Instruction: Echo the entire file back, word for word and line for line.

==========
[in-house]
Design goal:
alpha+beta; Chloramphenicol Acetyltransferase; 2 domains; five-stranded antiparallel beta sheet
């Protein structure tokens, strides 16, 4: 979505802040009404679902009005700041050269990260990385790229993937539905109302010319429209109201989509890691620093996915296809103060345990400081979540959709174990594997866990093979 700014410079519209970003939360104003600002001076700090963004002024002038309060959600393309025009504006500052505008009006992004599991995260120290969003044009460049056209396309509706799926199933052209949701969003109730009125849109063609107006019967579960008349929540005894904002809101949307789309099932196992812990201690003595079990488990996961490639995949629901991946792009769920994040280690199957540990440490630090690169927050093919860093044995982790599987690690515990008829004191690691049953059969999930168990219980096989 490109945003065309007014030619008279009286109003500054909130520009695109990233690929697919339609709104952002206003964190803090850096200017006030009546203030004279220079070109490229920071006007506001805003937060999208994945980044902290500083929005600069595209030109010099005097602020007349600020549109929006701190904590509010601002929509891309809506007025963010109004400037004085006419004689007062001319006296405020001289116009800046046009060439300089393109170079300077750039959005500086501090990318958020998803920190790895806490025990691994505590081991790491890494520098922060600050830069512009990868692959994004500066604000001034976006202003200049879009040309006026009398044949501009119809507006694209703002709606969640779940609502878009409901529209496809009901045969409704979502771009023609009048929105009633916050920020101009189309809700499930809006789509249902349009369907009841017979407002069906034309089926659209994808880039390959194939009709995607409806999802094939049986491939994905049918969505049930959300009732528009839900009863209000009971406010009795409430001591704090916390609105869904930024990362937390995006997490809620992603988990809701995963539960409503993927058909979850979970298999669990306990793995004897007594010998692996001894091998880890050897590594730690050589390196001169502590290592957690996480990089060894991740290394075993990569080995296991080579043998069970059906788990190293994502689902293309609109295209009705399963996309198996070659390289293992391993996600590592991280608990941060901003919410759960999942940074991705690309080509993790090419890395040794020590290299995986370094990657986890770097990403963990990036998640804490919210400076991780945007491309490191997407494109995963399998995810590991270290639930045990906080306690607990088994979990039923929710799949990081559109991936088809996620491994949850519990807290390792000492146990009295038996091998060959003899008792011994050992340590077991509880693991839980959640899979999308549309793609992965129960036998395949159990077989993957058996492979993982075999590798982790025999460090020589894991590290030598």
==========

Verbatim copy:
[in-house]
Design goal:
alpha+beta; Chloramphenicol Acetyltransferase; 2 domains; five-stranded antiparallel beta sheet
């Protein structure tokens, strides 16, 4: 979505802040009404679902009005700041050269990260990385790229993937539905109302010319429209109201989509890691620093996915296809103060345990400081979540959709174990594997866990093979 700014410079519209970003939360104003600002001076700090963004002024002038309060959600393309025009504006500052505008009006992004599991995260120290969003044009460049056209396309509706799926199933052209949701969003109730009125849109063609107006019967579960008349929540005894904002809101949307789309099932196992812990201690003595079990488990996961490639995949629901991946792009769920994040280690199957540990440490630090690169927050093919860093044995982790599987690690515990008829004191690691049953059969999930168990219980096989 490109945003065309007014030619008279009286109003500054909130520009695109990233690929697919339609709104952002206003964190803090850096200017006030009546203030004279220079070109490229920071006007506001805003937060999208994945980044902290500083929005600069595209030109010099005097602020007349600020549109929006701190904590509010601002929509891309809506007025963010109004400037004085006419004689007062001319006296405020001289116009800046046009060439300089393109170079300077750039959005500086501090990318958020998803920190790895806490025990691994505590081991790491890494520098922060600050830069512009990868692959994004500066604000001034976006202003200049879009040309006026009398044949501009119809507006694209703002709606969640779940609502878009409901529209496809009901045969409704979502771009023609009048929105009633916050920020101009189309809700499930809006789509249902349009369907009841017979407002069906034309089926659209994808880039390959194939009709995607409806999802094939049986491939994905049918969505049930959300009732528009839900009863209000009971406010009795409430001591704090916390609105869904930024990362937390995006997490809620992603988990809701995963539960409503993927058909979850979970298999669990306990793995004897007594010998692996001894091998880890050897590594730690050589390196001169502590290592957690996480990089060894991740290394075993990569080995296991080579043998069970059906788990190293994502689902293309609109295209009705399963996309198996070659390289293992391993996600590592991280608990941060901003919410759960999942940074991705690309080509993790090419890395040794020590290299995986370094990657986890770097990403963990990036998640804490919210400076991780945007491309490191997407494109995963399998995810590991270290639930045990906080306690607990088994979990039923929710799949990081559109991936088809996620491994949850519990807290390792000492146990009295038996091998060959003899008792011994050992340590077991509880693991839980959640899979999308549309793609992965129960036998395949159990077989993957058996492979993982075999590798982790025999460090020589894991590290030598």